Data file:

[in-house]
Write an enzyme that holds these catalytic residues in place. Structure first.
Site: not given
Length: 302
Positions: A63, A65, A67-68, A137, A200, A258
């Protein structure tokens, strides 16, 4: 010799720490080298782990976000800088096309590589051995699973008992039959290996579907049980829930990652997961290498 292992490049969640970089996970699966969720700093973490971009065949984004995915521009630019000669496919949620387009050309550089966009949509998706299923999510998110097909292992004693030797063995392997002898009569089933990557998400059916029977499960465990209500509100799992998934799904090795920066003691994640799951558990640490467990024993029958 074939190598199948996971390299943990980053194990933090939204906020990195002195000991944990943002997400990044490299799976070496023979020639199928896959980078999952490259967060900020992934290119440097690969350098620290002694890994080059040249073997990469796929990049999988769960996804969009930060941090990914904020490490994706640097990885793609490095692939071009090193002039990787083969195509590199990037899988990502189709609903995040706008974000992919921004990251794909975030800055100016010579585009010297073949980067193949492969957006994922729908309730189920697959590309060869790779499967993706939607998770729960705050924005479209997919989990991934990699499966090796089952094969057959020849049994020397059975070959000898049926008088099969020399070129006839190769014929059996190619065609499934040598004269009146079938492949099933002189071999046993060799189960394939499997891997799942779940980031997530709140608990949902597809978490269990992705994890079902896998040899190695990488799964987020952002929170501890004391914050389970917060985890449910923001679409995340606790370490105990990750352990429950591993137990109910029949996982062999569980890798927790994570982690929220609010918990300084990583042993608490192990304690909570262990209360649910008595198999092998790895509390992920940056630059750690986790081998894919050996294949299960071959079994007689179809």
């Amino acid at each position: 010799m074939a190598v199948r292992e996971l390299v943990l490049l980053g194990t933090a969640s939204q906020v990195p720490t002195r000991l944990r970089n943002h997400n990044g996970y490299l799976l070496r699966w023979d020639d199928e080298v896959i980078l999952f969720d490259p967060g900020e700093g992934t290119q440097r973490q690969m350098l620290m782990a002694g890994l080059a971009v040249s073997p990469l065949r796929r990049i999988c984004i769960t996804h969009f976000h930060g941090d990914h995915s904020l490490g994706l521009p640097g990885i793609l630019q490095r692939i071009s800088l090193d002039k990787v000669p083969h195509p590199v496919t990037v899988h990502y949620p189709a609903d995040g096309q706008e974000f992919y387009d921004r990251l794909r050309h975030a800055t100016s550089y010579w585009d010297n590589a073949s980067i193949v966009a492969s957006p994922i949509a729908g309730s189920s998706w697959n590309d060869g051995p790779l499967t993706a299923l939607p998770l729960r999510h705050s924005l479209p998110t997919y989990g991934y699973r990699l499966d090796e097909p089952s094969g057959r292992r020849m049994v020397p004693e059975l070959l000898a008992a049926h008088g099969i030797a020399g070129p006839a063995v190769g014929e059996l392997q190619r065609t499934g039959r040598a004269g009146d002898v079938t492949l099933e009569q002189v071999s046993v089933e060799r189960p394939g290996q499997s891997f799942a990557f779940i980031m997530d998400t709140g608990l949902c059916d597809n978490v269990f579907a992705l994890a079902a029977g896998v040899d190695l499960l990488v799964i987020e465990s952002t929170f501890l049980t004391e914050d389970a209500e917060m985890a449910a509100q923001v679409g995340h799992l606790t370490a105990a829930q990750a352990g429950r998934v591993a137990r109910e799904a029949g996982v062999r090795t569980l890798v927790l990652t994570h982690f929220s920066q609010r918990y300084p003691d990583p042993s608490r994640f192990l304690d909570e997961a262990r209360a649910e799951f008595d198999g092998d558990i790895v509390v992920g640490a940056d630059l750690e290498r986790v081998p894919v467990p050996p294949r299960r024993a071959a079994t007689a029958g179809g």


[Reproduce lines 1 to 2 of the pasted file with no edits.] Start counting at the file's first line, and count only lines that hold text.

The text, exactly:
[in-house]
Write an enzyme that holds these catalytic residues in place. Structure first.